I need a photo of him. If you can help, please contact me

via email from Collin Witwer, 10-7-05
     I am the great grandson of Charles Hink. My brother and I live in St. Paul, Minnesota. Once in a while I pass through Grinnell. I think I may have met you a couple of years ago when I was doing some work for Grinnell College. I was impressed with the display and information you have at the airport. Charlie was still alive when I was young and I have a lot of fond memories of him. I have a lot of information on my great grandfather and have learned many things about him since his death.
     I am told I have a lot of the same interests that Charlie had. I am a mechanical engineer and have electronics and ham radio as hobbies. I have a lot of the books an information he used as references for his inventions. I am amazed at some of the books he had and I still find the information facinating.
     Anyway, it is getting late. Just thought I would let you know that I was impressed to see some information about him on the internet. You did a nice job on the webpage. I am sure Charlie would be impressed with the work you have done. Having known him, he would be absolutely amazed with the internet. Too bad he did not live to see it. Take Care.
     My mother and father are Dean and Susan Witwer of Cedar Falls, Iowa. My grandfather was Paul Holtz, who lived with Charlie and his wife in Grinnell.

Charles Hink & Billy Robinson
     When the motor age began, Billy switched from bicycle repair to working on one-cylinder automobile engines, and began experimenting with flying machine engines. Eventually, in partnership with an expert mechanic, Charlie Hink, he bought the repair shop where they worked, and continued his experiments. He soon built his first flying machine, a monoplane, molding his own castings, welding the iron, and constructing both the motor and plane according to his own ideas. His first engines failed, but eventually he produced one of the very earliest successful radial engines of 60 horse power, and pioneered the way for the modern radial engines of today.
     Billy had a plane but had not yet learned to fly, so in the Spring of 1912 he became a mechanic for Max Lillie of Cicero, Illinois, a then well known aviator. The two went to Florida for a year where Lillie taught Billy to fly. Billy made his first solo flight on August 3d using a Lillie-Wright aircraft, and on the 22nd, obtained pilot license No. 162. He left Lillie and spent several months flying exhibitions for the National Aeroplane Co. of Cicero, flying Curtiss, Beech-National, and French Nieuport planes.
     Billy achieved his greatest success on October 17, 1914. Sponsored by the Des Moines Capital and the Chicago Tribune, he took off from Des Moines for a non-stop flight to Chicago, carrying a package of letters from Des Moines and Grinnell. Somewhere about thirty miles west of Chicago, the weather closed in and, fearing that he might fly over Chicago and fall into Lake Michigan, he swung to the south and landed at Kentland, Indiana. He had been in the air for 4 hours, 44 minutes and traveled approximately 390 miles at a rate of 80 miles an hour, thus exceeding the American non-stop distance record by 125 miles.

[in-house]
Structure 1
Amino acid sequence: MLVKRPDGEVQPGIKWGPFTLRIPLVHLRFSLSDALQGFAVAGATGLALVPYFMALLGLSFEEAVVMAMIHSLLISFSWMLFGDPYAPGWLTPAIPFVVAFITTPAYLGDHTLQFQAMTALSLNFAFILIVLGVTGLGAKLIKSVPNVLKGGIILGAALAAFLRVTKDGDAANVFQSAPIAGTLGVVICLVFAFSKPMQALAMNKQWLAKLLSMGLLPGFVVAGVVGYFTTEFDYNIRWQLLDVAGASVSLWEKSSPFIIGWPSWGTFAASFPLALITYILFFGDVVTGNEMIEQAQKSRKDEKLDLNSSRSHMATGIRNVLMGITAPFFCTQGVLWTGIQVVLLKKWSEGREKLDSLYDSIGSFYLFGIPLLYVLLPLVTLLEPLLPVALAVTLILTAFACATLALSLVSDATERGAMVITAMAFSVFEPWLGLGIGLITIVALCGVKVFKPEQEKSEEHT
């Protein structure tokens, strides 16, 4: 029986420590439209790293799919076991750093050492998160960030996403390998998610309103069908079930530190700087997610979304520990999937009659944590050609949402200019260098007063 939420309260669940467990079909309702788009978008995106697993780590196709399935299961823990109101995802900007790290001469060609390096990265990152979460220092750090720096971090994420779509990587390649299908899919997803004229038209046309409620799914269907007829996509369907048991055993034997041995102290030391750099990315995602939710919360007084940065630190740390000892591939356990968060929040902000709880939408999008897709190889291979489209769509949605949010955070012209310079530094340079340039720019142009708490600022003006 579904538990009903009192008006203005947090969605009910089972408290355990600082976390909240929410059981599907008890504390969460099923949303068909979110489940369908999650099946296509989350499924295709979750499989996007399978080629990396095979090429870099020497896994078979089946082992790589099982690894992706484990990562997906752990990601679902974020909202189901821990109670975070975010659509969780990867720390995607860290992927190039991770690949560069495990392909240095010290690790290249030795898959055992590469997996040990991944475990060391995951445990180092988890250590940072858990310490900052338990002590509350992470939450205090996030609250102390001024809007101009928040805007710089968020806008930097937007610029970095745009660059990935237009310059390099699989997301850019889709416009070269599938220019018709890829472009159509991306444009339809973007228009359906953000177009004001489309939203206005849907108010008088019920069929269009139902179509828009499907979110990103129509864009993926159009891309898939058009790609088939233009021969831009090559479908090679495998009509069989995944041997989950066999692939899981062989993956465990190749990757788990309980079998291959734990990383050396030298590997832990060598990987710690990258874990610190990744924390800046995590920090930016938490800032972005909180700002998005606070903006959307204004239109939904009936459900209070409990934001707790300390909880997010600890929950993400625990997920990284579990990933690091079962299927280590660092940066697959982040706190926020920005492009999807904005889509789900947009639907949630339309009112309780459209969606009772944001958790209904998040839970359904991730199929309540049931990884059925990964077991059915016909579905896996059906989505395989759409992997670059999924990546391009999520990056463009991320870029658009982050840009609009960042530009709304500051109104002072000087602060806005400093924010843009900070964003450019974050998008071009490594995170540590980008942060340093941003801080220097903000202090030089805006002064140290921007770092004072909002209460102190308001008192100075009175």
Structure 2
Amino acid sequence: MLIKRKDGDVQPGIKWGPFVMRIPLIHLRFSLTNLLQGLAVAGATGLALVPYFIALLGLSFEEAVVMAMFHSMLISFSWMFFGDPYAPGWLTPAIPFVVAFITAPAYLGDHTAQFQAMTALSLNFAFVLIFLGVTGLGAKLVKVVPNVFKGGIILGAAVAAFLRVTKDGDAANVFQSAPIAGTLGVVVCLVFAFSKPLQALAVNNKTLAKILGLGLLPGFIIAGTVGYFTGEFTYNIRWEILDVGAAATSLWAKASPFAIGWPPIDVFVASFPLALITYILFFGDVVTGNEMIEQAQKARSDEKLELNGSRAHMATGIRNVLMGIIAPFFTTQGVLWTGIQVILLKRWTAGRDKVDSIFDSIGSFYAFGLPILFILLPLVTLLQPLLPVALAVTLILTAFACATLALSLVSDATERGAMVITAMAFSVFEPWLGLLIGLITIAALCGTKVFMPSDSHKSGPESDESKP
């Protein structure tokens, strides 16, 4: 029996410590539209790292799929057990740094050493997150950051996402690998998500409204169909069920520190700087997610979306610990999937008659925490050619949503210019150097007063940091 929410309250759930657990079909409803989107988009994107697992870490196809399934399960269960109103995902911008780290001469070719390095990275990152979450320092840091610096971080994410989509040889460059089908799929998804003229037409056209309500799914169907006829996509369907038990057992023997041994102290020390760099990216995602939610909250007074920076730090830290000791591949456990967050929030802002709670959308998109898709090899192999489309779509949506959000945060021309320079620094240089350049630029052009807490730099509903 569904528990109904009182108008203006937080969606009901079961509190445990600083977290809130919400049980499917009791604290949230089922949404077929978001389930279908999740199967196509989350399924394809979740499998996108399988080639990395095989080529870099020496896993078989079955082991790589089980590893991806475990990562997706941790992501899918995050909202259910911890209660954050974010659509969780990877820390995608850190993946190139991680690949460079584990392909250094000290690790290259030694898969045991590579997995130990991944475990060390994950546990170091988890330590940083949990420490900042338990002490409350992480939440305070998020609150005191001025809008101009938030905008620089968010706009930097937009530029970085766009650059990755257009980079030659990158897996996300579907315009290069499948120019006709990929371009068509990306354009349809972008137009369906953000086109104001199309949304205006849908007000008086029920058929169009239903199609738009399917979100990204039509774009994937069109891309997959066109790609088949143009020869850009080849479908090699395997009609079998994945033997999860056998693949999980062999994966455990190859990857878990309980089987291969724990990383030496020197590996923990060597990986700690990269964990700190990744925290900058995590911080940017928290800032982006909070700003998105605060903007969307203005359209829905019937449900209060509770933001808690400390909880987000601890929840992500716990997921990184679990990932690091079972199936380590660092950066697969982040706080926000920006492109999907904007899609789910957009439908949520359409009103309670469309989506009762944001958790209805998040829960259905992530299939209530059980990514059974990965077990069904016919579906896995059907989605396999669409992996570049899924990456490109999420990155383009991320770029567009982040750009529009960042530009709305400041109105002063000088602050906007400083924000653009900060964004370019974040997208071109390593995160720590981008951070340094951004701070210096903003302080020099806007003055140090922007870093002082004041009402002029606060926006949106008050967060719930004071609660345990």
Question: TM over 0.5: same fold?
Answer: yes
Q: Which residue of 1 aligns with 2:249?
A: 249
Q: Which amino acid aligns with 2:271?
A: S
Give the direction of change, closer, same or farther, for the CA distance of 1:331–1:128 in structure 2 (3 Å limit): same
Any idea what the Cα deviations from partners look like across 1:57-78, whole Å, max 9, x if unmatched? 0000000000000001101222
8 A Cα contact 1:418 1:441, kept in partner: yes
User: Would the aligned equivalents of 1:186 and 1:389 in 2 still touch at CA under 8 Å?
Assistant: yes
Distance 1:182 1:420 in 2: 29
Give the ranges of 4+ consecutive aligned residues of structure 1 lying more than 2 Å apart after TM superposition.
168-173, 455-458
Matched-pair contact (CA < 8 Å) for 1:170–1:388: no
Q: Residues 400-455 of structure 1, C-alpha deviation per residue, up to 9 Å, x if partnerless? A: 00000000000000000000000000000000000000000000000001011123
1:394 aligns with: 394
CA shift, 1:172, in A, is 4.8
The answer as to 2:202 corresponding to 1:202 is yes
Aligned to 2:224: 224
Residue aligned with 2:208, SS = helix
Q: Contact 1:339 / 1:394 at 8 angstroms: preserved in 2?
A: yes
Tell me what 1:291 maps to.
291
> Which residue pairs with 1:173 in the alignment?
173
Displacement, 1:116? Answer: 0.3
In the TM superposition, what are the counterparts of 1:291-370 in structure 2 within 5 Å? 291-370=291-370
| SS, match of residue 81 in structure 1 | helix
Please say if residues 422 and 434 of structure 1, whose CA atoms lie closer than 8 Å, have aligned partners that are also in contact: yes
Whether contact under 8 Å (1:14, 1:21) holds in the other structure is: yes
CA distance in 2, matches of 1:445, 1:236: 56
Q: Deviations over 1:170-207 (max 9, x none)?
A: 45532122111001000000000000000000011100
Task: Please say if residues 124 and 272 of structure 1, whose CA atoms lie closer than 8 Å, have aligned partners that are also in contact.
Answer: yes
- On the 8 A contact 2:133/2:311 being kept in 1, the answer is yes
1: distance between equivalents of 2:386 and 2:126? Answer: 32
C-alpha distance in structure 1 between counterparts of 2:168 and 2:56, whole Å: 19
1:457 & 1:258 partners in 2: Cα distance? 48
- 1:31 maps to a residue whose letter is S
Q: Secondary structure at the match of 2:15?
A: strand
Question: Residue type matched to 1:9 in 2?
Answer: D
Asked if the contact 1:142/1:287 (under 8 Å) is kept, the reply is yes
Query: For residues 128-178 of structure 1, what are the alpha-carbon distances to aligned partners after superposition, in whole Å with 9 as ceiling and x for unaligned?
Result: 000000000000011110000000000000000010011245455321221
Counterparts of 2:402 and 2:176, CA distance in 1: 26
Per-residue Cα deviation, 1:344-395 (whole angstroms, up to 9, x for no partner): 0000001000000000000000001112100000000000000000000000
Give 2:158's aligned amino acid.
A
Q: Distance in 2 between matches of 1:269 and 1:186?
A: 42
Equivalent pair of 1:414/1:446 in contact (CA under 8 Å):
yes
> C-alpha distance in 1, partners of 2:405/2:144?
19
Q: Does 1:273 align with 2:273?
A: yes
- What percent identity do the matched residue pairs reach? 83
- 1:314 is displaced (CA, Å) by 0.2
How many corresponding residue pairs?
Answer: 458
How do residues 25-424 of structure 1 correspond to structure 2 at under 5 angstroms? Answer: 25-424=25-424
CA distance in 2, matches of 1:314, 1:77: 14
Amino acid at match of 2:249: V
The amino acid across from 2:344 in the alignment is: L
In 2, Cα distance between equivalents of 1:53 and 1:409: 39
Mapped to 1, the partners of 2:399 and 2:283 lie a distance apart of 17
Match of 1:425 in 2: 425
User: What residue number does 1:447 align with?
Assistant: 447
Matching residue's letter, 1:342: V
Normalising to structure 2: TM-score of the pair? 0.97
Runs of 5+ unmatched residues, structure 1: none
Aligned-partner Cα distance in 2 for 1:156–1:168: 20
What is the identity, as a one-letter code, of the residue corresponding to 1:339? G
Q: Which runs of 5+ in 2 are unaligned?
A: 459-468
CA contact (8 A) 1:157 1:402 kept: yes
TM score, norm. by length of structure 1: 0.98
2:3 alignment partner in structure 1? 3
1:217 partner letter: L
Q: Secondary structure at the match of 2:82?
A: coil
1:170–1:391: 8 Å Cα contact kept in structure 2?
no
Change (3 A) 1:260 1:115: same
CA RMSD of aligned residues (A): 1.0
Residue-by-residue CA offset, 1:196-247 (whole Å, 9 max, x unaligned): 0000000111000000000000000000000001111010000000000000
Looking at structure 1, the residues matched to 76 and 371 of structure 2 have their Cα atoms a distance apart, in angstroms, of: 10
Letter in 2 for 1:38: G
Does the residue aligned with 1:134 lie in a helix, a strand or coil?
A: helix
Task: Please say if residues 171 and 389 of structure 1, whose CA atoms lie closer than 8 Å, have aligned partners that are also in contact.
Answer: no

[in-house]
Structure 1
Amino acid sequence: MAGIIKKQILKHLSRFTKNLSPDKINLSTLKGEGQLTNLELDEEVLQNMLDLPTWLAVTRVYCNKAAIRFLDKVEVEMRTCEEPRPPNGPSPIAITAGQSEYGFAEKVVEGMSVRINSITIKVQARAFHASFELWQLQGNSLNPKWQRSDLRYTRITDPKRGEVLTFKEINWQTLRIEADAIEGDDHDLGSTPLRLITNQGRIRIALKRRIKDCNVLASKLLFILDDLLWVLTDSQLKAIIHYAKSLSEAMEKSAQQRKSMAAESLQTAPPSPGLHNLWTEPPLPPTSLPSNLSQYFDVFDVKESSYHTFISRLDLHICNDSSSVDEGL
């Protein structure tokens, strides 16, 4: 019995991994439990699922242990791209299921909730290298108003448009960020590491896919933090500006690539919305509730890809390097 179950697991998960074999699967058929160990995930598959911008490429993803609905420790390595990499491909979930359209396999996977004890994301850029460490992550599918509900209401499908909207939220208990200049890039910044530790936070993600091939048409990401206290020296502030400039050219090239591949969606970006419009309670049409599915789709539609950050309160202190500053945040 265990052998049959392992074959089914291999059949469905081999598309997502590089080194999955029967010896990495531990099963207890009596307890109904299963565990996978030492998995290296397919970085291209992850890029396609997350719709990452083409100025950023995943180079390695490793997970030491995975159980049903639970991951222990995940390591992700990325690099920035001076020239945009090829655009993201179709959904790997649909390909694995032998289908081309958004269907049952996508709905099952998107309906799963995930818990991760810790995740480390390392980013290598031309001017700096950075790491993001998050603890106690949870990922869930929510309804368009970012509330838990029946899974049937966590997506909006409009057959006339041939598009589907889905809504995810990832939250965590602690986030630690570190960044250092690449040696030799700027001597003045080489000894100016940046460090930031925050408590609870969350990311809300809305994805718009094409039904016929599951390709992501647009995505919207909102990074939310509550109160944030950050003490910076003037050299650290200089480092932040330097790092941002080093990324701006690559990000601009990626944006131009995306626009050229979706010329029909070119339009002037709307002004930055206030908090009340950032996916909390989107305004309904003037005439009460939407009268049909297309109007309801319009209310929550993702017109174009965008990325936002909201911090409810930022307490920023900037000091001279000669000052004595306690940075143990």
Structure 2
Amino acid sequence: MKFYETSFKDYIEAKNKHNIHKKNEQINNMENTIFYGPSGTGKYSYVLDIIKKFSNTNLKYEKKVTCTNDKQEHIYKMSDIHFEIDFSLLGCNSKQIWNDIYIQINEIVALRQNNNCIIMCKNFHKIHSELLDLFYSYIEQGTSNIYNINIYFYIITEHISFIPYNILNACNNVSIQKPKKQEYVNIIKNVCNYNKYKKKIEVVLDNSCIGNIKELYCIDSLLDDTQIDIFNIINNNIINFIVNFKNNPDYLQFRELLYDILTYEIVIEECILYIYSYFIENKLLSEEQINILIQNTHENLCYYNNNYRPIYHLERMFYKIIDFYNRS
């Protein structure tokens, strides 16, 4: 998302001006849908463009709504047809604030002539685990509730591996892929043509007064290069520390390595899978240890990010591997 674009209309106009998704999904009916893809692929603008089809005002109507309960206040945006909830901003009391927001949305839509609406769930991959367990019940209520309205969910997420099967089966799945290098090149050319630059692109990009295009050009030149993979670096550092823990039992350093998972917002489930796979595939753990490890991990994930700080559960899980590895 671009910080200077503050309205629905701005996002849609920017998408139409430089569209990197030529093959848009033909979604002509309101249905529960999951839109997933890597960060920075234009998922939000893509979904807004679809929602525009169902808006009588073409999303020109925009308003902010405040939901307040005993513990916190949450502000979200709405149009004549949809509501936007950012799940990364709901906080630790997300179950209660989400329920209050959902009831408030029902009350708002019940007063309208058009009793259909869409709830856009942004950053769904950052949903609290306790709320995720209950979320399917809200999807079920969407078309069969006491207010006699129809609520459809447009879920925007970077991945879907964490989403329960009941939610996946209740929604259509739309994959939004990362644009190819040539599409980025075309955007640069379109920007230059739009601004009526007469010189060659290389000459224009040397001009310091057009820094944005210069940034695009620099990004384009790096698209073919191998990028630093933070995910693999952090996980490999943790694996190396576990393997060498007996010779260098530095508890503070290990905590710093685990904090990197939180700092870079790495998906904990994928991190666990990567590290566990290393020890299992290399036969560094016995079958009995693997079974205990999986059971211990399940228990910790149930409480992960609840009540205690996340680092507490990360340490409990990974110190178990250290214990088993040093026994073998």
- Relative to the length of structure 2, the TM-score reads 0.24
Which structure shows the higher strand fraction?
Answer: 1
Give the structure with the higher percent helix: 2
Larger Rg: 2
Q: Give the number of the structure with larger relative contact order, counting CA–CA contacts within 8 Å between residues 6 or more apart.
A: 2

Having established the distance record, he turned his attention to altitude. In 1916 the record was 17,000 feet and Robinson had been to within 3,000 feet of that. On March 11 he met his death attempting to beat the record, while his wife and most of Grinnell watched. About 4:00 pm people on the ground heard a break in the steady throb of the engine and soon Billy's biplane was seen tossing in apparently aimless descent, obviously out of control, and crashed. Billy burned with the aircraft.
     Just what happened, heart attack, mechanical failure, cerebral hemorrhage or other, was never determined. The plane and instruments were a complete loss, but a duplicate engine was preserved as part of the Physics Museum of Grinnell College, and is now on permanent display at the Grinnell Regional Airport and Billy C. Robinson Field.
     The preceding is a quote from an article in THE PALIMPSEST, the official journal of The State Historical Society of Iowa:

  Chapter 17: Charley Hink
an excerpt from
The Grinnell Herald-Register
July 24, 1995
Courtesy of Lorraine Hink McLeod, 10-10-06
Charley Hink, an early Grinnel inventor blessed with a fertile mind, churned out many inventions in his lifetime, often seeing pieces and parts of ordinary machinery as inspiration for the development of far more interesting apparatuses.